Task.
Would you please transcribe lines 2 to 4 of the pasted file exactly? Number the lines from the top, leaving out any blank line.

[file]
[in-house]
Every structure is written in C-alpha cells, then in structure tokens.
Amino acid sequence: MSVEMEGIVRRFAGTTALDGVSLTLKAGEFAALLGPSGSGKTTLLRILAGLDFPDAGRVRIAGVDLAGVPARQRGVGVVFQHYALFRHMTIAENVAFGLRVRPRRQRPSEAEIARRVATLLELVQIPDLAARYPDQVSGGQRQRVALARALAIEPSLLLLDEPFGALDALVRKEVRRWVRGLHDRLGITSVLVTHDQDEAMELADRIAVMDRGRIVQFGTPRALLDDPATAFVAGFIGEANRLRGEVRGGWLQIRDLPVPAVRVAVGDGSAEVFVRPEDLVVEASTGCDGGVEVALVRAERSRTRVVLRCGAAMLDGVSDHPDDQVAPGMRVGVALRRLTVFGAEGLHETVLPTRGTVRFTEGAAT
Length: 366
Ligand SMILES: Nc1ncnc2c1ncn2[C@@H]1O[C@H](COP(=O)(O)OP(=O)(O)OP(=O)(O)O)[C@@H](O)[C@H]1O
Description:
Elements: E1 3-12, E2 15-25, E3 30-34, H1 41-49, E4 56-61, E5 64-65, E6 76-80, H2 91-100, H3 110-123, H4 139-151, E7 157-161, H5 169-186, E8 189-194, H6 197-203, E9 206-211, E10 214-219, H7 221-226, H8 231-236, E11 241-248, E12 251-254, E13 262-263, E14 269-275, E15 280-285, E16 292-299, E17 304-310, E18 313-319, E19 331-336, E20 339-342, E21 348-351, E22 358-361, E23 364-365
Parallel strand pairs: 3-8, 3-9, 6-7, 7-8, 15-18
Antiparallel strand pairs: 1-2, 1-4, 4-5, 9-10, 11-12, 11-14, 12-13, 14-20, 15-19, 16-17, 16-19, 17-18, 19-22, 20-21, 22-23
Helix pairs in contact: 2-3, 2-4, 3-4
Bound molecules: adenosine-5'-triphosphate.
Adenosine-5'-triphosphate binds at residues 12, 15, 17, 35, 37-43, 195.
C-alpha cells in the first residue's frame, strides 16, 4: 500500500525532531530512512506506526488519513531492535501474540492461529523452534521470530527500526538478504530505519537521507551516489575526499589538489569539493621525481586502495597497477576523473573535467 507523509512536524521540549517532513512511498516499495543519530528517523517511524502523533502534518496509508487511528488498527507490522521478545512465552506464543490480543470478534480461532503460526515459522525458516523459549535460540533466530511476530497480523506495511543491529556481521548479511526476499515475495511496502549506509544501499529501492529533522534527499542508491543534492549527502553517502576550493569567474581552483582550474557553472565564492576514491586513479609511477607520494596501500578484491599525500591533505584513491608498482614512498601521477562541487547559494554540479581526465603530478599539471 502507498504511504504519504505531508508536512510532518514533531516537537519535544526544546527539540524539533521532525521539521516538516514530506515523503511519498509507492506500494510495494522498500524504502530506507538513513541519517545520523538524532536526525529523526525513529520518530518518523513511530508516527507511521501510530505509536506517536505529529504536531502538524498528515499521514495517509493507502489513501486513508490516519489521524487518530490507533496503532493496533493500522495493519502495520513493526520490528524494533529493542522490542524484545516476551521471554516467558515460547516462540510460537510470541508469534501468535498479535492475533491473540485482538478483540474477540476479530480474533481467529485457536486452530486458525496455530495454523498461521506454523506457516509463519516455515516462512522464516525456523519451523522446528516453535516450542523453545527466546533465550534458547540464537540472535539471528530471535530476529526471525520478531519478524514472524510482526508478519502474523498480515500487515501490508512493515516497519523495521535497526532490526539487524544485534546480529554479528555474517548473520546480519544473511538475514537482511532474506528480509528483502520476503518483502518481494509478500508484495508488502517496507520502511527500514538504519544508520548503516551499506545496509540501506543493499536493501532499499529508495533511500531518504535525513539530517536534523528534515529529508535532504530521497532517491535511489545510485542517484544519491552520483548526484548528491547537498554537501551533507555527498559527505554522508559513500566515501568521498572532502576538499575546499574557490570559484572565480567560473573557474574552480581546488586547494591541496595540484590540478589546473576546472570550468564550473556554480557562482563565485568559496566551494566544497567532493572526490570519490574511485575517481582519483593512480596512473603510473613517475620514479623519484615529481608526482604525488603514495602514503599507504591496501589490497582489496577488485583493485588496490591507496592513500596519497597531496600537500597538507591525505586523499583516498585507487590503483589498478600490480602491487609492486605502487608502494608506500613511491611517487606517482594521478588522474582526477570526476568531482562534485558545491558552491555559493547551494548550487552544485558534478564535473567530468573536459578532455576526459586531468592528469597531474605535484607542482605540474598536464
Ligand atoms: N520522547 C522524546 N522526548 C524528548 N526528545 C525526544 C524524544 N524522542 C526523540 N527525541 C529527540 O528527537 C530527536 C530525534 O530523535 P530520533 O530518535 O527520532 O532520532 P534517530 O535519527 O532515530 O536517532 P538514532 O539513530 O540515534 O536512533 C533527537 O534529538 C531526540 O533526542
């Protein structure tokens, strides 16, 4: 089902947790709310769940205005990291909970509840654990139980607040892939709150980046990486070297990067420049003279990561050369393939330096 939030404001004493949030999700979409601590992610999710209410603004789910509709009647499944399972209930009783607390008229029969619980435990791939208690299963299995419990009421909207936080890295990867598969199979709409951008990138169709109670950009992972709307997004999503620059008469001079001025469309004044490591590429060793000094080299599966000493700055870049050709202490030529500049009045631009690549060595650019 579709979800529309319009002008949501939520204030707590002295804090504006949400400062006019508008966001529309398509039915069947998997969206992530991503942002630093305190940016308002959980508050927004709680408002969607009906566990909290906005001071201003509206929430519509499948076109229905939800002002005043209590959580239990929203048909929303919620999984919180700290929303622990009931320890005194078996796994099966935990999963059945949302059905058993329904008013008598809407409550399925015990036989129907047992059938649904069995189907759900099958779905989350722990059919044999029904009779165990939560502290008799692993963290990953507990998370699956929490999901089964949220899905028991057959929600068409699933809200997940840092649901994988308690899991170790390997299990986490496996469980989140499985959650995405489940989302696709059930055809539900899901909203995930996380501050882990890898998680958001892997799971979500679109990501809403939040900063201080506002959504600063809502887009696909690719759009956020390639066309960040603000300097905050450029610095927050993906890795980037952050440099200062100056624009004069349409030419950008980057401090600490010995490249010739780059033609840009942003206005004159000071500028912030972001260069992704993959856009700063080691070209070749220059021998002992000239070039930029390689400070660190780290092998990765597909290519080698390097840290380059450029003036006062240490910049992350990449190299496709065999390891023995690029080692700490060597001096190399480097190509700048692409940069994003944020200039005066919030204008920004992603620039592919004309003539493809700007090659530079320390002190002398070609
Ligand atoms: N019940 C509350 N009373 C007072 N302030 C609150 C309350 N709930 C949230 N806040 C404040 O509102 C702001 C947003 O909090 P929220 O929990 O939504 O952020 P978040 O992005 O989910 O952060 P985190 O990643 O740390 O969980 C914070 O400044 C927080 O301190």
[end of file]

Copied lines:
Every structure is written in C-alpha cells, then in structure tokens.
Amino acid sequence: MSVEMEGIVRRFAGTTALDGVSLTLKAGEFAALLGPSGSGKTTLLRILAGLDFPDAGRVRIAGVDLAGVPARQRGVGVVFQHYALFRHMTIAENVAFGLRVRPRRQRPSEAEIARRVATLLELVQIPDLAARYPDQVSGGQRQRVALARALAIEPSLLLLDEPFGALDALVRKEVRRWVRGLHDRLGITSVLVTHDQDEAMELADRIAVMDRGRIVQFGTPRALLDDPATAFVAGFIGEANRLRGEVRGGWLQIRDLPVPAVRVAVGDGSAEVFVRPEDLVVEASTGCDGGVEVALVRAERSRTRVVLRCGAAMLDGVSDHPDDQVAPGMRVGVALRRLTVFGAEGLHETVLPTRGTVRFTEGAAT
Length: 366